Beirut (AsiaNews / Agencies) - "The Syrian Christians want stability in their country plagued by war, they do not support the regime of Bashar al-Assad", says Bechara Rai, Maronite Patriarch of Lebanon, a week from the visit of Benedict XVI to Lebanon. Regarding Western countries who accuse Christians of being on the government's side, the patriarch replied: "We are not for the regime, but for the state. There is a big difference between the two positions." The Maronite leader gives the example of violence against Christians in Iraq caused "not by the fall of Saddam Hussein," but the "insecurity and chaos that rocked the country. According to the Patriarch, there is the same risk in Syria. "Christians - he stresses - are not pro- Assad, but are concerned about the future of the country."
The Christians of Syria, is one
of the oldest communities in the Middle East. They
represent about 5% of a population of 22 million people. In
recent years they have enjoyed a certain freedom of religion, especially of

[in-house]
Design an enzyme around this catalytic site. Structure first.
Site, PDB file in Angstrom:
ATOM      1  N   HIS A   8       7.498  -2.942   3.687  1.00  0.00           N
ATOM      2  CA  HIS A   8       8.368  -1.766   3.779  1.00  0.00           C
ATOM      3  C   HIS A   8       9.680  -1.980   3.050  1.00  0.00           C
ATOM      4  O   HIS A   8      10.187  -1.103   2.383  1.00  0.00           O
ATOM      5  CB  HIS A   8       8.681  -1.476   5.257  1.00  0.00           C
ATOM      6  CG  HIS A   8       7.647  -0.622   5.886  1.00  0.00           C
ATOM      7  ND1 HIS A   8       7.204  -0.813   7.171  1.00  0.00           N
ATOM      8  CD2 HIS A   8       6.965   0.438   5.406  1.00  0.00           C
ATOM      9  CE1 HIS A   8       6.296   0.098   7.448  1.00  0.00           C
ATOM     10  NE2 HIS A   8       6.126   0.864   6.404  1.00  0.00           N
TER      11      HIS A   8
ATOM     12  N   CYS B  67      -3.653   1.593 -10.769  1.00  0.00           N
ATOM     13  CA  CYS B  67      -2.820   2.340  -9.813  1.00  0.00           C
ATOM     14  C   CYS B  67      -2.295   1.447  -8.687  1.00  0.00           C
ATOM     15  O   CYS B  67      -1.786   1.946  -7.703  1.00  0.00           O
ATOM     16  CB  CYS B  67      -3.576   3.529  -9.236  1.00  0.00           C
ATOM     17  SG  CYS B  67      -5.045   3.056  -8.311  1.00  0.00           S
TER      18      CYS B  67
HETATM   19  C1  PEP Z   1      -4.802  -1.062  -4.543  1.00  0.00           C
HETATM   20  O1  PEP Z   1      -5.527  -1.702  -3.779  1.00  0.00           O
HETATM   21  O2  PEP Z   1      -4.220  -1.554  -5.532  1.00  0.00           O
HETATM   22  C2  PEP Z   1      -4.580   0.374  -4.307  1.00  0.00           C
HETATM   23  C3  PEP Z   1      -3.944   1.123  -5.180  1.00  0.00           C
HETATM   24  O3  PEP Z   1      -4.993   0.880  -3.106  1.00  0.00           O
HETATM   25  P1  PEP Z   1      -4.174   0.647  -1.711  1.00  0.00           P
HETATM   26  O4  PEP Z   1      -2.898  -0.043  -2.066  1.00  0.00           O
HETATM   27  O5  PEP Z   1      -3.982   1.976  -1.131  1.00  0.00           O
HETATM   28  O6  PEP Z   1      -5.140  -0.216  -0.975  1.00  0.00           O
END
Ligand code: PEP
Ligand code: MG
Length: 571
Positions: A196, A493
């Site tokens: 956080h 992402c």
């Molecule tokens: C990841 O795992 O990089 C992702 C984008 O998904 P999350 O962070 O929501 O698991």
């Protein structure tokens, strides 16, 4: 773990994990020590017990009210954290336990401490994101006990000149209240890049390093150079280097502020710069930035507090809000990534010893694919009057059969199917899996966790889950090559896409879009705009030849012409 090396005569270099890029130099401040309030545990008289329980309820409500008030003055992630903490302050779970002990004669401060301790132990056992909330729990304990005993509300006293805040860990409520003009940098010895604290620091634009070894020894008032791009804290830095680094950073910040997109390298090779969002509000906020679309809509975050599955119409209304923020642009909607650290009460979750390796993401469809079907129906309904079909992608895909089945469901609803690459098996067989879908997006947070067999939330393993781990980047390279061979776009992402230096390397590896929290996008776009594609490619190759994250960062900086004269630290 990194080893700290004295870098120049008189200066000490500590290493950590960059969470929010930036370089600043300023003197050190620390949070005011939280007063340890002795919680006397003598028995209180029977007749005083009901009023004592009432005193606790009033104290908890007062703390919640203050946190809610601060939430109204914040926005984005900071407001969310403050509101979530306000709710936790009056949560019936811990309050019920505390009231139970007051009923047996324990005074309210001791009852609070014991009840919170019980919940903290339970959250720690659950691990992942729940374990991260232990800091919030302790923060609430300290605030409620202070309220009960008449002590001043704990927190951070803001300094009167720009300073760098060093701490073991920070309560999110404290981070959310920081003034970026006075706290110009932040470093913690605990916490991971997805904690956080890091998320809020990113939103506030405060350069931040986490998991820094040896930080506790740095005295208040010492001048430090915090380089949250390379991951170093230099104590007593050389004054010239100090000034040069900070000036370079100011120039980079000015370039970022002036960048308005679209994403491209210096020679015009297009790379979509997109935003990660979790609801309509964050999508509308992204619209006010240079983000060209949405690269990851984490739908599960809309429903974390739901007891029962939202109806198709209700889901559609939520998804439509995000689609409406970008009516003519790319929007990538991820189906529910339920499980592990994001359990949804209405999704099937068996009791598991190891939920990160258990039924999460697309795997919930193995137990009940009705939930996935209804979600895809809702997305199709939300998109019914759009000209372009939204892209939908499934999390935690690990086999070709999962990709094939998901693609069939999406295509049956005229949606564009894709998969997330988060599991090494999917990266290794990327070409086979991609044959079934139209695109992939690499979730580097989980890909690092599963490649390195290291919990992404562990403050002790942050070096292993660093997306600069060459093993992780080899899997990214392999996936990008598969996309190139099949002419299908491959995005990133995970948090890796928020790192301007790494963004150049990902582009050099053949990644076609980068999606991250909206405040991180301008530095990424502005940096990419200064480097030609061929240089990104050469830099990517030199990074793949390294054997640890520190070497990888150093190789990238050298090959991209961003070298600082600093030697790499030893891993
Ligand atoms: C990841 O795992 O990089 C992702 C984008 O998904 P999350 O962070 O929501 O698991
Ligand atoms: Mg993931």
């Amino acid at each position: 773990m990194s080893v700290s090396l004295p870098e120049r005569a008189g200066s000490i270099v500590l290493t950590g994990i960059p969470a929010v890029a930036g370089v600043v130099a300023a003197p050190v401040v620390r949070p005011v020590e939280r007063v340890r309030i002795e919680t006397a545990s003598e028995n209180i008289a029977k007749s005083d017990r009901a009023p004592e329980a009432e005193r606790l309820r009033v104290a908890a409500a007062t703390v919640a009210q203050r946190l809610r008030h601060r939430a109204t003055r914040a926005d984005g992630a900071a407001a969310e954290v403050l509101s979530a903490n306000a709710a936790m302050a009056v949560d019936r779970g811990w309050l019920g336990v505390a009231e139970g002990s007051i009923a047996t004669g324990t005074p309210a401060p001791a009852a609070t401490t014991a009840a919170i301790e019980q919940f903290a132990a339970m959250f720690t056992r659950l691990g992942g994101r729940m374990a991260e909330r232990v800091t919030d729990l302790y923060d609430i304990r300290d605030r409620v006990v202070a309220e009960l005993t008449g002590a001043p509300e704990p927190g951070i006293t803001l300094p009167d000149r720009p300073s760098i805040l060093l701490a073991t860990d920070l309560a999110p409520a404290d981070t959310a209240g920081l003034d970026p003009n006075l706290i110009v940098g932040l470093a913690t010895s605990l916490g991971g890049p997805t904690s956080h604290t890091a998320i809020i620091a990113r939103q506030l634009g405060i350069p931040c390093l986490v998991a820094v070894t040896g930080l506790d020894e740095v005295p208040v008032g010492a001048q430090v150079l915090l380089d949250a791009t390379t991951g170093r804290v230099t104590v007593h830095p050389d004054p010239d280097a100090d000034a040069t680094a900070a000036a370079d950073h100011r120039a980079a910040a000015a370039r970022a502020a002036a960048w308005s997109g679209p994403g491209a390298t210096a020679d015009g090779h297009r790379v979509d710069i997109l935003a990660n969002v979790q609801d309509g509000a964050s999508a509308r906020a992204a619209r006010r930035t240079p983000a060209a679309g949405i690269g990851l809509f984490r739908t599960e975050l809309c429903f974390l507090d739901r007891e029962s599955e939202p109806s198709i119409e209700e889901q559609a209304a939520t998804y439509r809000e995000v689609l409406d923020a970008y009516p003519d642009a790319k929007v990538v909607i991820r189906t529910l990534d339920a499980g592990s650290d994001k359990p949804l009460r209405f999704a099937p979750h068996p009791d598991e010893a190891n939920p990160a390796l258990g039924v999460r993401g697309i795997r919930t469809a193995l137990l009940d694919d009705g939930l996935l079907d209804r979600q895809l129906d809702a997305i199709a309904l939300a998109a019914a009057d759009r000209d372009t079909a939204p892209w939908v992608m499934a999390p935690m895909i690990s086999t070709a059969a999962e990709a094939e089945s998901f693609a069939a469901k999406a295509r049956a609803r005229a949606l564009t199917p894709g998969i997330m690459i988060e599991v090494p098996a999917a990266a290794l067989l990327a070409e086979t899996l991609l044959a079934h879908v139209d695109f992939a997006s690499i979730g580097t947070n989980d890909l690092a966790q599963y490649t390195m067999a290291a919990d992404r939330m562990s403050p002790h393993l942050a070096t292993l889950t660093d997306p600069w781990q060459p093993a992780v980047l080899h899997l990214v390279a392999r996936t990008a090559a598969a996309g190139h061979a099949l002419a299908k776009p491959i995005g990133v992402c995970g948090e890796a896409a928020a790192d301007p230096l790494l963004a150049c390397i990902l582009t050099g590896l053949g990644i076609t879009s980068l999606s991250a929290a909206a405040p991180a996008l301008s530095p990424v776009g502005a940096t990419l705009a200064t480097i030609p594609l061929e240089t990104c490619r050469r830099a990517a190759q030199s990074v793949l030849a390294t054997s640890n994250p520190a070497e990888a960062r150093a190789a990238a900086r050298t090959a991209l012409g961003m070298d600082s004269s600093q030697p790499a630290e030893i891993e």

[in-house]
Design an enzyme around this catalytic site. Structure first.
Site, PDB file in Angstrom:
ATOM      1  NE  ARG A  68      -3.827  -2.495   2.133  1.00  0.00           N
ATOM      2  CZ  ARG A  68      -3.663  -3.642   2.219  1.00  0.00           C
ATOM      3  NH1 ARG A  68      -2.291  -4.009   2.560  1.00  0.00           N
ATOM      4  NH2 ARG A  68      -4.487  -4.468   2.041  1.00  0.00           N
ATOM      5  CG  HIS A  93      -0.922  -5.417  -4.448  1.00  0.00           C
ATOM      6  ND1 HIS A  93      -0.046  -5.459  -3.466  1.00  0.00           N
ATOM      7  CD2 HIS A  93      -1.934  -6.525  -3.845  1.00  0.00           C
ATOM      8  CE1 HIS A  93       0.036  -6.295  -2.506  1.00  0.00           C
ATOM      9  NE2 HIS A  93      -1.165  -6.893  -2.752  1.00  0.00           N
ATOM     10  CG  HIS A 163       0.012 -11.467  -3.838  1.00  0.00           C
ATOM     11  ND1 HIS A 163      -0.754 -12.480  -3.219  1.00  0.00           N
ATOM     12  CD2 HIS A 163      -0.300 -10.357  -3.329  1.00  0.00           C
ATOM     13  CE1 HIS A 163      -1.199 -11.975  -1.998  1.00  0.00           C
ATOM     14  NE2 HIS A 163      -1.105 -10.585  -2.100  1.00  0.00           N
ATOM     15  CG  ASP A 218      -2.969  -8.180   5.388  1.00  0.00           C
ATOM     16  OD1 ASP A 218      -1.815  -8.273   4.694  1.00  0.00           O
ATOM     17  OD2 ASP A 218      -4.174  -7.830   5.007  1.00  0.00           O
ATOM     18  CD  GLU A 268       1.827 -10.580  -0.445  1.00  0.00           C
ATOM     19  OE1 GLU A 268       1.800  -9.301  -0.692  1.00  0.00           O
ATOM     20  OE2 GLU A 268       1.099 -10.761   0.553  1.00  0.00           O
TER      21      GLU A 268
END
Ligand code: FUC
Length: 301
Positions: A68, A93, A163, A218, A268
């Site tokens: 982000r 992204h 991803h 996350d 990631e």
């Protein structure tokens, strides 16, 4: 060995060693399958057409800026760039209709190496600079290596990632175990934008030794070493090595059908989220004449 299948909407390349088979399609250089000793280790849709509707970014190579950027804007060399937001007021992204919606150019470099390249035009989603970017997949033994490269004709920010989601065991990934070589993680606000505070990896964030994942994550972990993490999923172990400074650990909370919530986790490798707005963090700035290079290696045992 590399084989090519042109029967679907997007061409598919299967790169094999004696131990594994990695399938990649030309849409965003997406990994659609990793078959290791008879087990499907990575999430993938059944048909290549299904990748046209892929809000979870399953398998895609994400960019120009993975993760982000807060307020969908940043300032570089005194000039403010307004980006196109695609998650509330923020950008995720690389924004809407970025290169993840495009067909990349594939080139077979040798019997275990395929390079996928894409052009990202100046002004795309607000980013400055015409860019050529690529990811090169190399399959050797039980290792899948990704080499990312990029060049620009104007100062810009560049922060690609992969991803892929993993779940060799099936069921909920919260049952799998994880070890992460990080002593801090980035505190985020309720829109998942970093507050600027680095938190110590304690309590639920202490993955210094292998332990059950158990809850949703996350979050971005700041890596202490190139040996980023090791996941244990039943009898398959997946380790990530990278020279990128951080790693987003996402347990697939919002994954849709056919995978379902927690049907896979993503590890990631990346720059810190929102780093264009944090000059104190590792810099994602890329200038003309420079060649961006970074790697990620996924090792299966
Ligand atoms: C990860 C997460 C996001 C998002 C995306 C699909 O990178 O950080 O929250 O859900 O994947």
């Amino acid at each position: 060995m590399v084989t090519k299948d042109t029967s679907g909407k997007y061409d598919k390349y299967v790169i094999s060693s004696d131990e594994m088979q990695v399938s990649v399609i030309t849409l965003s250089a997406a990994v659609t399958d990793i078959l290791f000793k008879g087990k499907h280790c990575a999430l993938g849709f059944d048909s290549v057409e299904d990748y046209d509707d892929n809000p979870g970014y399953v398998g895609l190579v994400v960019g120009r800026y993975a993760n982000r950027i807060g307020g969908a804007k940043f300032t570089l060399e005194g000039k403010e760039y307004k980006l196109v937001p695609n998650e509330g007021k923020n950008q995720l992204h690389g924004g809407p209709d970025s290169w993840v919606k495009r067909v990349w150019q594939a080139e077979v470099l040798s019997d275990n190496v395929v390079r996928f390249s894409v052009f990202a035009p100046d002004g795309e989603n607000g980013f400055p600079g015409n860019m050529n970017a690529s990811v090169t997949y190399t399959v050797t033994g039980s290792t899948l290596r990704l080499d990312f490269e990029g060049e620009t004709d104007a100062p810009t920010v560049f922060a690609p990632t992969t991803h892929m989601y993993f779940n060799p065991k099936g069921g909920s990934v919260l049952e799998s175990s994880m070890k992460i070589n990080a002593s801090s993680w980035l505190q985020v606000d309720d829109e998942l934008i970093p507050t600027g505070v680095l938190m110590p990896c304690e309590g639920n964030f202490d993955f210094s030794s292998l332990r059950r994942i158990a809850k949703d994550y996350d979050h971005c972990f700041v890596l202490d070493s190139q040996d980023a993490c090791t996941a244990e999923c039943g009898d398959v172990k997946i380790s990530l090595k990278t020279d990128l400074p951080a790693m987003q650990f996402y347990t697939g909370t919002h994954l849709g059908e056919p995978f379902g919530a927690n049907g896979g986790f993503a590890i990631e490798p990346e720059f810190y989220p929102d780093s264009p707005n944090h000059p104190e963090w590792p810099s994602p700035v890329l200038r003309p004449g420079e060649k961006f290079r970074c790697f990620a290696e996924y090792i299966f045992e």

worship promoted by the Assad regime, led by the Alawite minority (12% of the
population) which Sunni Islam considers heretical. The
government took advantage of their status to unite minorities around the Baath
party and maintain power.
"In time of war - adds the patriarch - the entire population suffers, Christians and Muslims. Nevertheless, the Christian community has suffered many attacks, such as in Egypt and Iraq. Syrian Christians suffer like other citizens, in Homs as well as in Aleppo they suffer the bombings and were forced to flee. " Bechara Rai says the violence is being fomented by Islamic extremists, which in turn represent a minority in the religious landscape in Syria. The prelate recalls the important role of Christians in the Middle East, who thanks to their testimony promote the values of peace and dialogue in the feud between the various Muslim denominations and ethnicities. However, they are still treated as second-class citizens or minority in need of protection in almost all Muslim-majority nations. "Christians - observes Msgr. Raï - are in the Middle East for 2 thousand years, since the advent of Christ, and have played an important role in their respective countries, the same as Muslims."
The patriarch concludes by reaffirming the leading role of Lebanon as a symbol of unity between the various faiths. A coexistence threatened by continued divisions between Sunnis and Shiites fomented by the Syrian conflict. "Building unity - he says - is not a magic spell." For the bishop, the Pope will focus his visit especially the message of coexistence to all Christians and Muslims in the Middle East, represented by Lebanon. "